“Angry Video Game Nerd: The Movie” Impressions

by Gabriel Turcotte-Dubé

I saw the Angry Video Game Nerd: The Movie international premiere last weekend, which was presented at Montreal’s Fantasia Film Festival.

I wasn’t sure what to expect from a feature film based on a web show, but overall, I had a good time. The movie is off course full of “gaming culture” jokes and self-referential humor, but it’s first and foremost a love letter to campy 80s and 90s movies. It reminded me specifically of all those comedy TV shows turned into grand adventure movies: The Flintstones, Beavis and Butthead, Wayne’s World, Mr Bean, and Alf.

The movie starts with the nerd getting constant requests from his fans to review the infamous E.T. (or, as it’s called in the movie for legal reasons, “Eee Tee”) Atari game, which he firmly refuses to do. He decides to debunk once and for all the rumor saying that thousands of E.T. cartridges are buried in the desert believing people will stop talking about the game if that story is proven false (When in fact, that rumor was proven to be true mere months before the movie’s release!). But when his investigation leads him to uncover a way bigger conspiracy involving secret services, aliens, and more it’s up to the nerd and his friends to save the day!

This crazy scenario is the perfect excuse to have car pursuits, laser gun fights, giant robots and tons of explosions. There is very little CGI; almost all special effects are homemade practical effects. Although the scope of the AVGN movie is a lot bigger than the web series it came from, it still keeps the same simple, humble, unpretentious aura of something that was filmed just for the fun of it. And like the web series, it manages to add some bits of trivia about videogame history in-between jokes, especially with respect to the making of the E.T. game (there’s even a cameo of its creator!). Even when jokes fall flat and the story goes in odd directions, you can’t help but smile seeing the craftsmanship and passion that went into this project.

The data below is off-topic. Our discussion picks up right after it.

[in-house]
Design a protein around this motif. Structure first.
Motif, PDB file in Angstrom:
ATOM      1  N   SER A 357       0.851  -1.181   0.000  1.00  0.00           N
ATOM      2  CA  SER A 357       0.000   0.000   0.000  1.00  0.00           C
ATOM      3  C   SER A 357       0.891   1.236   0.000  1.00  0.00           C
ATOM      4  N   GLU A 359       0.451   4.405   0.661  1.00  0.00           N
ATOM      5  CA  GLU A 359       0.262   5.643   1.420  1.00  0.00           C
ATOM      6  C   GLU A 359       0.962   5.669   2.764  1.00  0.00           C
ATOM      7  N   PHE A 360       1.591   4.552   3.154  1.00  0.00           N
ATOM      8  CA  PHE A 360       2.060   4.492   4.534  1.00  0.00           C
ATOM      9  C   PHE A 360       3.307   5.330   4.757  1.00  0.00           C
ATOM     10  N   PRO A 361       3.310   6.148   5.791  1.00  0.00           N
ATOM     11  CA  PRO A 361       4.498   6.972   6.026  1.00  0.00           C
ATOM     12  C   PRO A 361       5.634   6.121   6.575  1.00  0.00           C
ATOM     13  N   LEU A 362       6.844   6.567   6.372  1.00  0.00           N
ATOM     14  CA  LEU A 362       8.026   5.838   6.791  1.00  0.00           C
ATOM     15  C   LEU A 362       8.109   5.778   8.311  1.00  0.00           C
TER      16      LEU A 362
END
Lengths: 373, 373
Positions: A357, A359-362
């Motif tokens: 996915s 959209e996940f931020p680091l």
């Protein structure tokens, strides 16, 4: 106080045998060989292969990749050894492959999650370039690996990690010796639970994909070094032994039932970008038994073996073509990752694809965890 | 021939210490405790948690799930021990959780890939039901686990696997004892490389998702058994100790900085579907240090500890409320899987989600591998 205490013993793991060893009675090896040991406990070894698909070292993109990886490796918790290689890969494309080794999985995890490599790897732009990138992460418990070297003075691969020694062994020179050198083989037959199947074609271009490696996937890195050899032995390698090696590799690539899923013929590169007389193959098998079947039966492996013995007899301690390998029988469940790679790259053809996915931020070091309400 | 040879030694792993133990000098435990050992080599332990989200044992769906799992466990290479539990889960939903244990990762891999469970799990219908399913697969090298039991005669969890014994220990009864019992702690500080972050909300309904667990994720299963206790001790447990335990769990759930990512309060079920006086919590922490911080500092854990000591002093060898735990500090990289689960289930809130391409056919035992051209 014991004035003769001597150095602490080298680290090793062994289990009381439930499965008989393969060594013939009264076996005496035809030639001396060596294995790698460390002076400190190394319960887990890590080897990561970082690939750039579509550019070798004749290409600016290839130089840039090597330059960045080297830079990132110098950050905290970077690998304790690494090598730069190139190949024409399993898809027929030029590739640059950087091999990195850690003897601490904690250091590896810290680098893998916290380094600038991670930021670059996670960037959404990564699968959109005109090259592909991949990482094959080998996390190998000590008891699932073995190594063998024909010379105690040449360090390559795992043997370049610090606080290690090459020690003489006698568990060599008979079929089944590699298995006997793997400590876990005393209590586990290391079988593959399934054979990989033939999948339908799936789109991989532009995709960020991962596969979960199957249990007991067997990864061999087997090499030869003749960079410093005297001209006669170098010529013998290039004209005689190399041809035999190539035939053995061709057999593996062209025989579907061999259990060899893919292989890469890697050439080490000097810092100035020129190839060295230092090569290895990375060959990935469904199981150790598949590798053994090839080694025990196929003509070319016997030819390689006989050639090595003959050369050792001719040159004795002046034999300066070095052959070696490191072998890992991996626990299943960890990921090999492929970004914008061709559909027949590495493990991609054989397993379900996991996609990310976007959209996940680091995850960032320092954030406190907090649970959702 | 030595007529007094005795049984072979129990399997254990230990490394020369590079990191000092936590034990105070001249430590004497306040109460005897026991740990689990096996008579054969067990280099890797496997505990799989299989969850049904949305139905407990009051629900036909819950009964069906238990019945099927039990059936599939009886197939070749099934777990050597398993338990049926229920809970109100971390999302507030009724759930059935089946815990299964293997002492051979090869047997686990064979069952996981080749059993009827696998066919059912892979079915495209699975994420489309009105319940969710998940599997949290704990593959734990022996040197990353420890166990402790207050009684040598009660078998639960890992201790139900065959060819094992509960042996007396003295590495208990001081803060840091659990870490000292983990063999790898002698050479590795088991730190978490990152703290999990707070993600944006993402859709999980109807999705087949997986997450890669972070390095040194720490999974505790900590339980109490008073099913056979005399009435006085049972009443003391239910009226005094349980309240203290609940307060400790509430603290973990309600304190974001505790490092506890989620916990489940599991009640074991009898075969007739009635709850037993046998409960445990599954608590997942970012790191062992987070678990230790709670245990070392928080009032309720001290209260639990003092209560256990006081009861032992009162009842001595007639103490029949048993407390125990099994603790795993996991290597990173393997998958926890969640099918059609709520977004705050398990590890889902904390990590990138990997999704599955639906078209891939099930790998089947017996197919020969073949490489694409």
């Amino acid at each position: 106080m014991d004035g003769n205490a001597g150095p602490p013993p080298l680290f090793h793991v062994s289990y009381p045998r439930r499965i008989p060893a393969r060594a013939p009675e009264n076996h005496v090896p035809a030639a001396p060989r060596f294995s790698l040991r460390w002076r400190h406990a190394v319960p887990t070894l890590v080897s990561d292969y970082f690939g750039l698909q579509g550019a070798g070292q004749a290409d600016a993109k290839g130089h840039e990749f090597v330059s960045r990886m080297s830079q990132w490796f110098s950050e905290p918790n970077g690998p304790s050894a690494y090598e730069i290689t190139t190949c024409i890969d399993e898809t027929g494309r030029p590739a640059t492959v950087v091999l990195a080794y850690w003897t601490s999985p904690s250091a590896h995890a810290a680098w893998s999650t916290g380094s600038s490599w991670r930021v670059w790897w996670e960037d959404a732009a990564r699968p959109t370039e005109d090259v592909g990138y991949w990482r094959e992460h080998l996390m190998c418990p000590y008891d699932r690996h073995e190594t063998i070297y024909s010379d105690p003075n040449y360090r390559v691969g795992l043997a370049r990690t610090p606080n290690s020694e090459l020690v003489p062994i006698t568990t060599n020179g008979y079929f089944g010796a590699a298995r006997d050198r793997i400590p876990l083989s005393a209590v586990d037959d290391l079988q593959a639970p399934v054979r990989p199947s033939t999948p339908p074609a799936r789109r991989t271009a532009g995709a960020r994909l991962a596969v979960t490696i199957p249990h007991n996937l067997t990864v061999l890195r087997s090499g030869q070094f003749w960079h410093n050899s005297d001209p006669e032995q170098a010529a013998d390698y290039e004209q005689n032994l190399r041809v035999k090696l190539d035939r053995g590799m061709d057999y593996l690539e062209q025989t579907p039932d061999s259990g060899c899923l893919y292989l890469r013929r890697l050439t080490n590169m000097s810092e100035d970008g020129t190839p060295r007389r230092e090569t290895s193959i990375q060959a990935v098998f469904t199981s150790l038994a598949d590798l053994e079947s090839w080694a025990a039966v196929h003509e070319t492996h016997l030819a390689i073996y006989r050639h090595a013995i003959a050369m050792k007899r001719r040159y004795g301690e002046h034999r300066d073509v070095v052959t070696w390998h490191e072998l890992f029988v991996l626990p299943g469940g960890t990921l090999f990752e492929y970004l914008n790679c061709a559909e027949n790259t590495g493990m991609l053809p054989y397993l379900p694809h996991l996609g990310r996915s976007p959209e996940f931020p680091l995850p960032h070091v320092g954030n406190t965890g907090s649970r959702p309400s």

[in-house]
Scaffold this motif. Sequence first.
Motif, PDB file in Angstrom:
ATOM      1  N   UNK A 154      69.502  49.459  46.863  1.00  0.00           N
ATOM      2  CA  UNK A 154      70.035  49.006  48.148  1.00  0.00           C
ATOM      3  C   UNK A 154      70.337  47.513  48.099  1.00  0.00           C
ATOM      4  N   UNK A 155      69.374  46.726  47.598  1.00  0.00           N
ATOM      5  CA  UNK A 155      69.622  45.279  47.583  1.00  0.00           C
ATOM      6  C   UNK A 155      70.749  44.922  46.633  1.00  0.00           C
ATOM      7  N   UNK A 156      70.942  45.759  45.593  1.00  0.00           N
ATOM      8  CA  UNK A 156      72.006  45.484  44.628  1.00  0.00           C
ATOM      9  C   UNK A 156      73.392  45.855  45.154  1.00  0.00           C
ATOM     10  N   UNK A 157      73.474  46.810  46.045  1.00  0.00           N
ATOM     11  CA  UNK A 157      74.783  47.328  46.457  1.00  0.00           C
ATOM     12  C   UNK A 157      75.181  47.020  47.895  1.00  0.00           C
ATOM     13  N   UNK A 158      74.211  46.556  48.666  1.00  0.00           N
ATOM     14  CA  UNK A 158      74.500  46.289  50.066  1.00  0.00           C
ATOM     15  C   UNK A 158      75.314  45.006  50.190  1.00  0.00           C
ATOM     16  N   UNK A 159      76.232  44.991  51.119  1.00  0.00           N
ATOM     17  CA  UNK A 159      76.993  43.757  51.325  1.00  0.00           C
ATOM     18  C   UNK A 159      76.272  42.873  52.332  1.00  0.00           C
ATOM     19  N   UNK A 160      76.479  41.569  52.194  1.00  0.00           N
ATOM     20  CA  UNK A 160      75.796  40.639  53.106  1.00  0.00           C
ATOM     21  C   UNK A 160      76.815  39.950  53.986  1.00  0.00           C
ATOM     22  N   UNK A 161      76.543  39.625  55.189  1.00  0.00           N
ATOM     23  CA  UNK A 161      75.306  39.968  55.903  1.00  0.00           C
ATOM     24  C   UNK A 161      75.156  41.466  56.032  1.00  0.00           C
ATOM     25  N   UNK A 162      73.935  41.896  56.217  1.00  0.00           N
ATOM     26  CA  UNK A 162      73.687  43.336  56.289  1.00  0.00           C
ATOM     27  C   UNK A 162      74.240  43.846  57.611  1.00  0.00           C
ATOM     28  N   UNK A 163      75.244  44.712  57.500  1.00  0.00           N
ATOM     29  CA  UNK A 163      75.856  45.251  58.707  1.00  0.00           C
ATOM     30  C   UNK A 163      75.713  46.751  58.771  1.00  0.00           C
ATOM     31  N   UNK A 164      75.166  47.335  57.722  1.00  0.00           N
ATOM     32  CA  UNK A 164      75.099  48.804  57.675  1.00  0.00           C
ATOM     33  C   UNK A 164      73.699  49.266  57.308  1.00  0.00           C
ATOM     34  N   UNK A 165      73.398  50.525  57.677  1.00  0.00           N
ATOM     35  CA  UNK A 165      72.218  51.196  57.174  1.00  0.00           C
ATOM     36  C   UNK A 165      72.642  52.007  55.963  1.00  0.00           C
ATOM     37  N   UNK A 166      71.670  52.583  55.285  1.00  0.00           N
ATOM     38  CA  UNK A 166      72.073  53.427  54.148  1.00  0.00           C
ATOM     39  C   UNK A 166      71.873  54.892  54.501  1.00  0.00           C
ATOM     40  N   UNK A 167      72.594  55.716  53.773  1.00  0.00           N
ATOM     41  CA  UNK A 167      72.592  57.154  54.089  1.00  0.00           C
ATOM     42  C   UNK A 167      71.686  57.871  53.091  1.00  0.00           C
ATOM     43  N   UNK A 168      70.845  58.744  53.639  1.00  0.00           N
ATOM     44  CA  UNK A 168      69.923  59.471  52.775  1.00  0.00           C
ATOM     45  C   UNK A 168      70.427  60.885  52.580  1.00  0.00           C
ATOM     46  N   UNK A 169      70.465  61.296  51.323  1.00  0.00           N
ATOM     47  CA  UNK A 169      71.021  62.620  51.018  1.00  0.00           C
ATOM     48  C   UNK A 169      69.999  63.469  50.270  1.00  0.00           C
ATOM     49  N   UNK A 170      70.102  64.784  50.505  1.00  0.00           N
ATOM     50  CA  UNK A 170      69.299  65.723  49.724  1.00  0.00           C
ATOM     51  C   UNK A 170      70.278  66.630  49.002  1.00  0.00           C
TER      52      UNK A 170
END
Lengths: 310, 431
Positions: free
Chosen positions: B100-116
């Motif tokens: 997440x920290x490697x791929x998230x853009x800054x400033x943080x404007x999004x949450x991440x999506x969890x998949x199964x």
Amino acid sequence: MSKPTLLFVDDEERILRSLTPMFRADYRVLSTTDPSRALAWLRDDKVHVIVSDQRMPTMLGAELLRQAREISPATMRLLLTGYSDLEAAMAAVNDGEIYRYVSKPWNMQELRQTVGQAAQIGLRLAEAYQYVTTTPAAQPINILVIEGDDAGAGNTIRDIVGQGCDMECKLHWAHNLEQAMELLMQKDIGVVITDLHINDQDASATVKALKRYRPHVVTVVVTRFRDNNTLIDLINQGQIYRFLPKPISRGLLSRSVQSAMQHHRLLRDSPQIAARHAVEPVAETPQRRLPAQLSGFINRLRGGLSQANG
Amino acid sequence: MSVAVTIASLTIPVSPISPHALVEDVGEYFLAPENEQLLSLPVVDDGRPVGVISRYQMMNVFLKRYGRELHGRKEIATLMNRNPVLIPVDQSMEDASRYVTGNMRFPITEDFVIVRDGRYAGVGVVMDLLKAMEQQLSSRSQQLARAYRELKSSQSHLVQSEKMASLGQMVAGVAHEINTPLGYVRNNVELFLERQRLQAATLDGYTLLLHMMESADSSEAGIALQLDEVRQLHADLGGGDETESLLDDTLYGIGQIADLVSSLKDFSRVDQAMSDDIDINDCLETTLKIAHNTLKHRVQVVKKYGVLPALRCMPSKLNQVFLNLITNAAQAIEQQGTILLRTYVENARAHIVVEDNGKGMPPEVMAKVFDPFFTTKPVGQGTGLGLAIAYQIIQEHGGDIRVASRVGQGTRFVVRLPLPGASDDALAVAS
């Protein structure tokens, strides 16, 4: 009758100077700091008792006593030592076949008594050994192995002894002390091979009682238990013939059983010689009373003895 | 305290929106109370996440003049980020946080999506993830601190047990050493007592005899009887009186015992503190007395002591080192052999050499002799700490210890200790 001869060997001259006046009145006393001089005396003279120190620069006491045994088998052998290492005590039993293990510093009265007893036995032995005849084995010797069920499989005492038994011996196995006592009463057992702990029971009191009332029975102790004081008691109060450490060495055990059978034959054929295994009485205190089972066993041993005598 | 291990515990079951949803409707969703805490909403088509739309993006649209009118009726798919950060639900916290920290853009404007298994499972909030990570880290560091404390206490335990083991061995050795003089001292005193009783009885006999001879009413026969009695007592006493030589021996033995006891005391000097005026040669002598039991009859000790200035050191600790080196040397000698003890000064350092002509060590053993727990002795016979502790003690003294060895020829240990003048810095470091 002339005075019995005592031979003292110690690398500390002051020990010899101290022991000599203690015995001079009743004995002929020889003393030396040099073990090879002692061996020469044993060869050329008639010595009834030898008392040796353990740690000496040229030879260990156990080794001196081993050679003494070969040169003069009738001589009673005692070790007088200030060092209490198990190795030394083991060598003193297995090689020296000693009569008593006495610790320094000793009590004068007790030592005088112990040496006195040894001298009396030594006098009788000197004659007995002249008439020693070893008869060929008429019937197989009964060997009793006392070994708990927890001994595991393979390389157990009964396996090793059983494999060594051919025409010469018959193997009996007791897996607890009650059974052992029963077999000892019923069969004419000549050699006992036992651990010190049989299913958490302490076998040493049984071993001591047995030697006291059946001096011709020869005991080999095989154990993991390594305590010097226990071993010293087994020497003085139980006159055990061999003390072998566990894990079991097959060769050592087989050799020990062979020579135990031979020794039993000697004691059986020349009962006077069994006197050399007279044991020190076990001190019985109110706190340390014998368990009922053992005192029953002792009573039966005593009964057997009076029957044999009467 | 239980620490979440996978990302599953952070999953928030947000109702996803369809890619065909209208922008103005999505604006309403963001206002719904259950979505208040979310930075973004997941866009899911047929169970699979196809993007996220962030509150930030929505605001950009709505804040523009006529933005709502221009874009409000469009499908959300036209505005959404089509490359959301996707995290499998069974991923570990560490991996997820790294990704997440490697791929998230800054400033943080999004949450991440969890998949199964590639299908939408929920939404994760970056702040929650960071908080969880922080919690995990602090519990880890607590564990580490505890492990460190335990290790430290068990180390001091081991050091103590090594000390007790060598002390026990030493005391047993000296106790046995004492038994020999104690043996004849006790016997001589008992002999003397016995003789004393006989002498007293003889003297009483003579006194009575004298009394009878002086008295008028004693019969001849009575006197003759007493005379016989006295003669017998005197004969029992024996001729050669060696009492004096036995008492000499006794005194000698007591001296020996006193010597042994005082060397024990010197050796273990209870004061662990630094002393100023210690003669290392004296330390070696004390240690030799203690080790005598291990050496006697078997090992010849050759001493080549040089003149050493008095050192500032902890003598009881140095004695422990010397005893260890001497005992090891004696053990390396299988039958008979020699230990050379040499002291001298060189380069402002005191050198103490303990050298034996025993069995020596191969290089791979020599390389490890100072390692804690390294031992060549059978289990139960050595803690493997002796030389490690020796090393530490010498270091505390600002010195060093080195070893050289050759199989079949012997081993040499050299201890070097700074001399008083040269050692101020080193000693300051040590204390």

All that being said, I’m not sure if it’s a “good” movie, but even if I was skeptical at first, it kept me entertained for its whole duration. It might be cliché, but I’m tempted to say “turn your brain off and you will enjoy it.” It’s campy and stupid fun, and it doesn’t pretend to be anything else. The movie is never too self-conscious or satirical either; its creators obviously have a genuine love for B-movies and wanted to create their own by parodying the genre more than mocking it.

Sadly, the nerd himself James Rolfe could not be there for the screening, but co-writer and co-director Kevin Finn was present to answer some questions along with producer Sean Keegan. They talked briefly about their experience working on a crowdfunded production and the challenges of making a special effects heavy movie on a budget of only $300k. Of course, they were asked about a potential sequel to the AVGN movie. They did not close the door on it, but understandably they said they are not ready to think about it yet and would prefer to work on something different at the moment. Whatever is next, they have my attention.

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